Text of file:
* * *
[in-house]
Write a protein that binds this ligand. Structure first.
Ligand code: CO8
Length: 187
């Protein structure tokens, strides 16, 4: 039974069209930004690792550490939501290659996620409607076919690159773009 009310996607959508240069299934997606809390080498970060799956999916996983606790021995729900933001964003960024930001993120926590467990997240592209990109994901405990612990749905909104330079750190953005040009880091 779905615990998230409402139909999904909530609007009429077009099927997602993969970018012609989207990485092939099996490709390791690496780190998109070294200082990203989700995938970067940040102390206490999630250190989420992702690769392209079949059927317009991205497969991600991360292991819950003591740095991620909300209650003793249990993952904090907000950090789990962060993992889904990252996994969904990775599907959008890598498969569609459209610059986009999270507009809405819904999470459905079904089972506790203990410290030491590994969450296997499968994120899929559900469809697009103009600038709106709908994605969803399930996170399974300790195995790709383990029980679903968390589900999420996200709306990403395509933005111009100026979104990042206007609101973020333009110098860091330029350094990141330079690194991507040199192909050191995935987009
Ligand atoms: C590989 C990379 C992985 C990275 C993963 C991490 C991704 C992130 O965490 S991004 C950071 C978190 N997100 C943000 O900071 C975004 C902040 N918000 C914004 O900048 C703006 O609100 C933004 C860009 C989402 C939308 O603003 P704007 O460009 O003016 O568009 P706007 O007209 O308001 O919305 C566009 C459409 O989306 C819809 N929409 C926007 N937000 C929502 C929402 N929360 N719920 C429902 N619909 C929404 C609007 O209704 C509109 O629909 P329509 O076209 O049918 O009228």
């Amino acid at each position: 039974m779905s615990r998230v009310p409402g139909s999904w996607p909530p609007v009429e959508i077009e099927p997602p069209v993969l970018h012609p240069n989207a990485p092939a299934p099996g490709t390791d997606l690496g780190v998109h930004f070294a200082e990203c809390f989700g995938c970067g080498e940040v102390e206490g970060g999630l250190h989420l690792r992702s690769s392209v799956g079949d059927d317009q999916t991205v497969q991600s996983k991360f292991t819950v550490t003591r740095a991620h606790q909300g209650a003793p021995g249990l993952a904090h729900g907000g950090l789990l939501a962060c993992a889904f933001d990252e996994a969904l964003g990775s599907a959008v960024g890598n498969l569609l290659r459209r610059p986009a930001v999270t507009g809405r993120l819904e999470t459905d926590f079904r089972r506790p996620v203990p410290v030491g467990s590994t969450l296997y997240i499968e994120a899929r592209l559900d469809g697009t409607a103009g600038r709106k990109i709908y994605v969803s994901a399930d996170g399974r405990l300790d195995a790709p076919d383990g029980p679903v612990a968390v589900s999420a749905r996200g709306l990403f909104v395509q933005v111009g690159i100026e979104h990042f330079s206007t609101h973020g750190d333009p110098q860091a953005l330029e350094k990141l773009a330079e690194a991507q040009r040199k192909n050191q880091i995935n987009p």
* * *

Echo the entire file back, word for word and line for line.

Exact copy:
[in-house]
Write a protein that binds this ligand. Structure first.
Ligand code: CO8
Length: 187
């Protein structure tokens, strides 16, 4: 039974069209930004690792550490939501290659996620409607076919690159773009 009310996607959508240069299934997606809390080498970060799956999916996983606790021995729900933001964003960024930001993120926590467990997240592209990109994901405990612990749905909104330079750190953005040009880091 779905615990998230409402139909999904909530609007009429077009099927997602993969970018012609989207990485092939099996490709390791690496780190998109070294200082990203989700995938970067940040102390206490999630250190989420992702690769392209079949059927317009991205497969991600991360292991819950003591740095991620909300209650003793249990993952904090907000950090789990962060993992889904990252996994969904990775599907959008890598498969569609459209610059986009999270507009809405819904999470459905079904089972506790203990410290030491590994969450296997499968994120899929559900469809697009103009600038709106709908994605969803399930996170399974300790195995790709383990029980679903968390589900999420996200709306990403395509933005111009100026979104990042206007609101973020333009110098860091330029350094990141330079690194991507040199192909050191995935987009
Ligand atoms: C590989 C990379 C992985 C990275 C993963 C991490 C991704 C992130 O965490 S991004 C950071 C978190 N997100 C943000 O900071 C975004 C902040 N918000 C914004 O900048 C703006 O609100 C933004 C860009 C989402 C939308 O603003 P704007 O460009 O003016 O568009 P706007 O007209 O308001 O919305 C566009 C459409 O989306 C819809 N929409 C926007 N937000 C929502 C929402 N929360 N719920 C429902 N619909 C929404 C609007 O209704 C509109 O629909 P329509 O076209 O049918 O009228």
């Amino acid at each position: 039974m779905s615990r998230v009310p409402g139909s999904w996607p909530p609007v009429e959508i077009e099927p997602p069209v993969l970018h012609p240069n989207a990485p092939a299934p099996g490709t390791d997606l690496g780190v998109h930004f070294a200082e990203c809390f989700g995938c970067g080498e940040v102390e206490g970060g999630l250190h989420l690792r992702s690769s392209v799956g079949d059927d317009q999916t991205v497969q991600s996983k991360f292991t819950v550490t003591r740095a991620h606790q909300g209650a003793p021995g249990l993952a904090h729900g907000g950090l789990l939501a962060c993992a889904f933001d990252e996994a969904l964003g990775s599907a959008v960024g890598n498969l569609l290659r459209r610059p986009a930001v999270t507009g809405r993120l819904e999470t459905d926590f079904r089972r506790p996620v203990p410290v030491g467990s590994t969450l296997y997240i499968e994120a899929r592209l559900d469809g697009t409607a103009g600038r709106k990109i709908y994605v969803s994901a399930d996170g399974r405990l300790d195995a790709p076919d383990g029980p679903v612990a968390v589900s999420a749905r996200g709306l990403f909104v395509q933005v111009g690159i100026e979104h990042f330079s206007t609101h973020g750190d333009p110098q860091a953005l330029e350094k990141l773009a330079e690194a991507q040009r040199k192909n050191q880091i995935n987009p």